The Cantar de mio Cid: Poetic Creation in its Economic and Social Contexts

Overview

In his study of the Cantar de mio Cid, Duggan explores in depth the important theme of the acquisition and distribution of wealth within the poem. He interprets the Cantar as a work that transmutes moral values first into the economic values of a gift economy, then into genealogical values. In disproving the legend of the hero's bastardy, the poet echoes the concerns of the Castilian court of Alfonso VIII and reaffirms the dignity of the Cid's progeny and relatives, which included the king and the Lara family of ...
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Overview

In his study of the Cantar de mio Cid, Duggan explores in depth the important theme of the acquisition and distribution of wealth within the poem. He interprets the Cantar as a work that transmutes moral values first into the economic values of a gift economy, then into genealogical values. In disproving the legend of the hero's bastardy, the poet echoes the concerns of the Castilian court of Alfonso VIII and reaffirms the dignity of the Cid's progeny and relatives, which included the king and the Lara family of Molina. Considering the poem's distortions of history more significant than its retention of the historical features, Duggan ascribes its depiction of the penurious hero who acquires wealth, power, and kinship alliances to the Castilian monarchy's preoccupations with furthering the Reconquest in the dark period between the defeat of Alarcos and the victory of Las Navas de Tolosa. He maintains that the Cantar de mio Cid was composed around the year 1200 in substantially the form in which we have it, in the course of a singer's perfomance. Arguing against a number of recent tendencies in Cid scholarship Professor Duggan denies the necessity of assuming that the poet was a man of learning, that he was directly influenced by French literature, or that he was familiar with written law. This original monograph provides a major contribution to medieval Hispanic studies.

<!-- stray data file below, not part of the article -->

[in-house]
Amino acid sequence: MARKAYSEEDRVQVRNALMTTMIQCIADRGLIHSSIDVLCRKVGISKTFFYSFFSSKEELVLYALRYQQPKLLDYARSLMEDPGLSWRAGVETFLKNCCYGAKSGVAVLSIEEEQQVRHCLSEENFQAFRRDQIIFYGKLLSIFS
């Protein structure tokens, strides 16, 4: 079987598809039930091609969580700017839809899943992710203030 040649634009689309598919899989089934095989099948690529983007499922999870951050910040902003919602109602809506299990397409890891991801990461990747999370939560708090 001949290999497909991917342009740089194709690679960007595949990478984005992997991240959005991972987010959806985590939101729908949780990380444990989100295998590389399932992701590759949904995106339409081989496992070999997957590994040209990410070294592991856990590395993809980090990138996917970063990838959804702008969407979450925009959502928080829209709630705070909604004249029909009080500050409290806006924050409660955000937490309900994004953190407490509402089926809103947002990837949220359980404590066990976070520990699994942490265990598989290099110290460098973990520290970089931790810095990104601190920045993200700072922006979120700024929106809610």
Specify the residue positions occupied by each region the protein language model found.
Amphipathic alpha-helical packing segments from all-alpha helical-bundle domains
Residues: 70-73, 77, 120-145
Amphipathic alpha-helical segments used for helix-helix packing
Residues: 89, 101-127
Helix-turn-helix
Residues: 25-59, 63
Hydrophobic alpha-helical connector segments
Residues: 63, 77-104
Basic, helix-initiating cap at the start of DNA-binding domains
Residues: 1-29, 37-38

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Editorial Reviews

Booknews
Maintaining that the poem was composed about 1200. Duggan (French, comparative literature and romance philology, U. of California) relates its portrayal of acquiring and distributing wealth to the concerns of the Castilian monarch, Alfonso VIII. His interpretation shows moral values being transmitted into economic values in a gift economy, and then further transformed into genealogical values. The cover identifies this as no.5 in the series, but the best available evidence suggests it is no.6 (see PA5165). Annotation c. Book News, Inc., Portland, OR (booknews.com)
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Product Details

Table of Contents

Acknowledgements; Modern equivalents to names in the maps; Maps; 1. Historical and theoretical framework; 2. The acquisition of wealth; 3. Economy and gift-giving; 4. Social status, legitimacy and inherited worth; 5. The poet's milieu; 6. Geography and history; 7. The Cantar de mio Cid and the French epic tradition; 8. Mode of composition; 9. Conclusion; Notes; List of references; Index.

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